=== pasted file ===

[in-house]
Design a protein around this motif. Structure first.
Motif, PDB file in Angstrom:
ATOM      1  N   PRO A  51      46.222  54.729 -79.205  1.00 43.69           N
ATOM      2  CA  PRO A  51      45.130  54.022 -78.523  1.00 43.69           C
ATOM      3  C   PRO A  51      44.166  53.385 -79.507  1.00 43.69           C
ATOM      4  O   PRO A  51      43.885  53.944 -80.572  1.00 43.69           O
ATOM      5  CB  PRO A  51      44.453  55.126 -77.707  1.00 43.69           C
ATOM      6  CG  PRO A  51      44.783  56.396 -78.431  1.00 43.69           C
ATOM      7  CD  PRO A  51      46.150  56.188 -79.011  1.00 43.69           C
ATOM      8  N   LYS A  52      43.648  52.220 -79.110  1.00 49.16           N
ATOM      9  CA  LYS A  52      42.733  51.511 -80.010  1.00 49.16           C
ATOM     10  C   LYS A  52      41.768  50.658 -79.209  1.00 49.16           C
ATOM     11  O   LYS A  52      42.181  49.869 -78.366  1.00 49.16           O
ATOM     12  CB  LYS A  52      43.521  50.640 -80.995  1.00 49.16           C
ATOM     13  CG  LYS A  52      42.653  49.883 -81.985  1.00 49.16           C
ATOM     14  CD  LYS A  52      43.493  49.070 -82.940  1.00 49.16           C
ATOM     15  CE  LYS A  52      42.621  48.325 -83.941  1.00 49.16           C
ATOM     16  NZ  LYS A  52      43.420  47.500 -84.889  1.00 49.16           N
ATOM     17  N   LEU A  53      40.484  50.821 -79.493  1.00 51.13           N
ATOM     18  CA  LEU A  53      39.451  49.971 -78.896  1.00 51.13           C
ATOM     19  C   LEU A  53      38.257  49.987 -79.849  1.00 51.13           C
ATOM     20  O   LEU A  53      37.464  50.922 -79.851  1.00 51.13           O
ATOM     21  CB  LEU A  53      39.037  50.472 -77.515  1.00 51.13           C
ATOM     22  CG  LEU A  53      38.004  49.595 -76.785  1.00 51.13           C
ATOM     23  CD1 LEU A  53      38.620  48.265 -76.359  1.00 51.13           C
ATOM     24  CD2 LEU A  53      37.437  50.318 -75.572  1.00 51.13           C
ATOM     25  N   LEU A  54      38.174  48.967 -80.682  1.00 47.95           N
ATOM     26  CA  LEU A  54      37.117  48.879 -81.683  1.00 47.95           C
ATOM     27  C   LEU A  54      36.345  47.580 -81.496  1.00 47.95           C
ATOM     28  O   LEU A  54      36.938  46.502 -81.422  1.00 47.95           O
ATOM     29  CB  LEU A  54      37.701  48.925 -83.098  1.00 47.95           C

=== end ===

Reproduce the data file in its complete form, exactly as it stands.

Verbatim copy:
[in-house]
Design a protein around this motif. Structure first.
Motif, PDB file in Angstrom:
ATOM      1  N   PRO A  51      46.222  54.729 -79.205  1.00 43.69           N
ATOM      2  CA  PRO A  51      45.130  54.022 -78.523  1.00 43.69           C
ATOM      3  C   PRO A  51      44.166  53.385 -79.507  1.00 43.69           C
ATOM      4  O   PRO A  51      43.885  53.944 -80.572  1.00 43.69           O
ATOM      5  CB  PRO A  51      44.453  55.126 -77.707  1.00 43.69           C
ATOM      6  CG  PRO A  51      44.783  56.396 -78.431  1.00 43.69           C
ATOM      7  CD  PRO A  51      46.150  56.188 -79.011  1.00 43.69           C
ATOM      8  N   LYS A  52      43.648  52.220 -79.110  1.00 49.16           N
ATOM      9  CA  LYS A  52      42.733  51.511 -80.010  1.00 49.16           C
ATOM     10  C   LYS A  52      41.768  50.658 -79.209  1.00 49.16           C
ATOM     11  O   LYS A  52      42.181  49.869 -78.366  1.00 49.16           O
ATOM     12  CB  LYS A  52      43.521  50.640 -80.995  1.00 49.16           C
ATOM     13  CG  LYS A  52      42.653  49.883 -81.985  1.00 49.16           C
ATOM     14  CD  LYS A  52      43.493  49.070 -82.940  1.00 49.16           C
ATOM     15  CE  LYS A  52      42.621  48.325 -83.941  1.00 49.16           C
ATOM     16  NZ  LYS A  52      43.420  47.500 -84.889  1.00 49.16           N
ATOM     17  N   LEU A  53      40.484  50.821 -79.493  1.00 51.13           N
ATOM     18  CA  LEU A  53      39.451  49.971 -78.896  1.00 51.13           C
ATOM     19  C   LEU A  53      38.257  49.987 -79.849  1.00 51.13           C
ATOM     20  O   LEU A  53      37.464  50.922 -79.851  1.00 51.13           O
ATOM     21  CB  LEU A  53      39.037  50.472 -77.515  1.00 51.13           C
ATOM     22  CG  LEU A  53      38.004  49.595 -76.785  1.00 51.13           C
ATOM     23  CD1 LEU A  53      38.620  48.265 -76.359  1.00 51.13           C
ATOM     24  CD2 LEU A  53      37.437  50.318 -75.572  1.00 51.13           C
ATOM     25  N   LEU A  54      38.174  48.967 -80.682  1.00 47.95           N
ATOM     26  CA  LEU A  54      37.117  48.879 -81.683  1.00 47.95           C
ATOM     27  C   LEU A  54      36.345  47.580 -81.496  1.00 47.95           C
ATOM     28  O   LEU A  54      36.938  46.502 -81.422  1.00 47.95           O
ATOM     29  CB  LEU A  54      37.701  48.925 -83.098  1.00 47.95           C